Amid murmurings that the three 2022 Rally1 WRC entrants – Toyota, Hyundai and M-Sport – are unhappy with the series’ spec hybrid system development following a recall of their test units to the manufacturer, Compact Dynamics, the FIA has issued a statement on the progress of the 2022 cars.
It highlights that several key milestones had already been reached, not least the supply of development units to teams. However, with only eight months to go until the new cars hit the stages in Monte Carlo, the fact that there clearly remain issues with the new powertrain is a worry for competitors. Although the hybrid system is a self-contained unit, each manufacturer needs to develop its IC engines to work with the system to ensure the driveability and reliability that is so important in rallying.
Yves Matton, FIA rally director, reiterated, “The Rally1 hybrid project is a major landmark in the development of rallying and underlines the FIA’s commitment to sustainability and advanced technology. Of course, any new product that is being developed encounters challenges. During the current test phase, there is strong collaboration between the FIA, the manufacturers and our technical partners. We are working as one to complete tasks that are synonymous with a development cycle of this nature. At present, we are operating an accelerated process due to delivery delays brought about by the effect of the Covid-19 pandemic but with eight months remaining to the start of the 2022 season, we are on course.”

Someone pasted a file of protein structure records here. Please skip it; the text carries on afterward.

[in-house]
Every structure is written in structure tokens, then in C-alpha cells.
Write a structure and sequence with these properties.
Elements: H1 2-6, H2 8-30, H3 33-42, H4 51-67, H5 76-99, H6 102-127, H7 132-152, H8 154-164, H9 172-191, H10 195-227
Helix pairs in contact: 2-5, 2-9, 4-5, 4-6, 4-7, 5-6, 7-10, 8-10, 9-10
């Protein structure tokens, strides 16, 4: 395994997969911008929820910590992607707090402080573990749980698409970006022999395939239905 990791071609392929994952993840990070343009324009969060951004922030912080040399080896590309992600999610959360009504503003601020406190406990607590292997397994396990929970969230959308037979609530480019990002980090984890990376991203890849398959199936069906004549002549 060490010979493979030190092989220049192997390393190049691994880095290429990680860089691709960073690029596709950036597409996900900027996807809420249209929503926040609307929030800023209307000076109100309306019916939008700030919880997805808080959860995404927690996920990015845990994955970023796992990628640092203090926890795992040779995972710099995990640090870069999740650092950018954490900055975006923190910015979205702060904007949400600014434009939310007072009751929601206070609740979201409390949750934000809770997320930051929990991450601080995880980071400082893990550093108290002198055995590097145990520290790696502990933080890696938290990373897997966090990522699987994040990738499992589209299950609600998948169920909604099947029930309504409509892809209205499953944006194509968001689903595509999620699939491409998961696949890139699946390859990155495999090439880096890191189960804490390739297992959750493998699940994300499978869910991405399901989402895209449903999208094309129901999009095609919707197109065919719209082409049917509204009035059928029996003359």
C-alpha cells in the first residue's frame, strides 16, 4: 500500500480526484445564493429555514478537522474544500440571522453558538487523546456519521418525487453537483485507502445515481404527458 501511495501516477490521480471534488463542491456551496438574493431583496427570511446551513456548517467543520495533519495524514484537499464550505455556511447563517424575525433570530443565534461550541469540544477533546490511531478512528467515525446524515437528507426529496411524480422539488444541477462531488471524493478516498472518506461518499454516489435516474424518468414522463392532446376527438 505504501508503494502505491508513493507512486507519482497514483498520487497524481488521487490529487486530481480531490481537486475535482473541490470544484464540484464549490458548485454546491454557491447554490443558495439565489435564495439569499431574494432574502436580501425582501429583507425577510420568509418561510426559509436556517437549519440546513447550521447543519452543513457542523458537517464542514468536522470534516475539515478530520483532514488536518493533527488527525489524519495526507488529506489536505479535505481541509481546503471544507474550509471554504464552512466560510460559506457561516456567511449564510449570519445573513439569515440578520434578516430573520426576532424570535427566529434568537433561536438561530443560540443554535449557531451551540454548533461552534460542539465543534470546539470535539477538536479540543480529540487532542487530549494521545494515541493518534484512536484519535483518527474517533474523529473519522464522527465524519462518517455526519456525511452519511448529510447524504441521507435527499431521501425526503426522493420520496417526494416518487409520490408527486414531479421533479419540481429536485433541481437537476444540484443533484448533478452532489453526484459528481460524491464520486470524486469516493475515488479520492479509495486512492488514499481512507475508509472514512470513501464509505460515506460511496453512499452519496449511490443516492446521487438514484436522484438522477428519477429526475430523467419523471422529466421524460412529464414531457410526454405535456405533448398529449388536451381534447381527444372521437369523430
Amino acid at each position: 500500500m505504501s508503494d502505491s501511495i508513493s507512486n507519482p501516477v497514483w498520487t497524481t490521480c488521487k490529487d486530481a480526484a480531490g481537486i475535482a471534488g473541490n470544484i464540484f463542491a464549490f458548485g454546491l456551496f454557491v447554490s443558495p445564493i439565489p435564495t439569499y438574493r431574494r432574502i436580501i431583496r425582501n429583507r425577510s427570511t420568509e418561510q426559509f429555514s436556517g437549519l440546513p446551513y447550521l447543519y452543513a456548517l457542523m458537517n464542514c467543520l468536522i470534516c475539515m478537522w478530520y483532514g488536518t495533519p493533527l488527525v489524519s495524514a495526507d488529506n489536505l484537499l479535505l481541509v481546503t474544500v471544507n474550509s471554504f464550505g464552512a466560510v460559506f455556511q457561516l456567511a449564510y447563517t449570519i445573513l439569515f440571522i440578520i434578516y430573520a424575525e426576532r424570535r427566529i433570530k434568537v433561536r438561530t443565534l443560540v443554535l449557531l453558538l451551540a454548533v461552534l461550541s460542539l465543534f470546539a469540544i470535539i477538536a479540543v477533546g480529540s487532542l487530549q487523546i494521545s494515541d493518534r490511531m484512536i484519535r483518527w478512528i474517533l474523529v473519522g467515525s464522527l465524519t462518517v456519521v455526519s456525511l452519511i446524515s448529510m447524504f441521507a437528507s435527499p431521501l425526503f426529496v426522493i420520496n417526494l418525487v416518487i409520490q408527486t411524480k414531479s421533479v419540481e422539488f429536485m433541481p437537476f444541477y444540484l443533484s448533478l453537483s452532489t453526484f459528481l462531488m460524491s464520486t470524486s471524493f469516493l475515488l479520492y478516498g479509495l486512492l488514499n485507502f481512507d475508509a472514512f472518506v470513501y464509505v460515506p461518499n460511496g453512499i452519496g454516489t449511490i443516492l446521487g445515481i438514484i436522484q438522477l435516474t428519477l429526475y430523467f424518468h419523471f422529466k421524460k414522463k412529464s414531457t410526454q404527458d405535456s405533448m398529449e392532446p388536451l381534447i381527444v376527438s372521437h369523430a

Meanwhile, M-Sport released the first images of a 2022 Rally1 car testing near Barcelona, Spain. However, as with the other manufacturers, it remained tight lipped on the progress of development. It is suspected that the final car will be based on the Puma body shape, with the Fiesta shown here purely a mule car.
However, M-Sport did admit that the car was running its hybrid system, rather than ballast as has been the case up until now, indicating that the recall of parts had not completely halted teams’ test programs. Feedback from test driver Matthew Wilson was that the hybrid system operated as it should and that the boost it provided when deployed was certainly noticeable.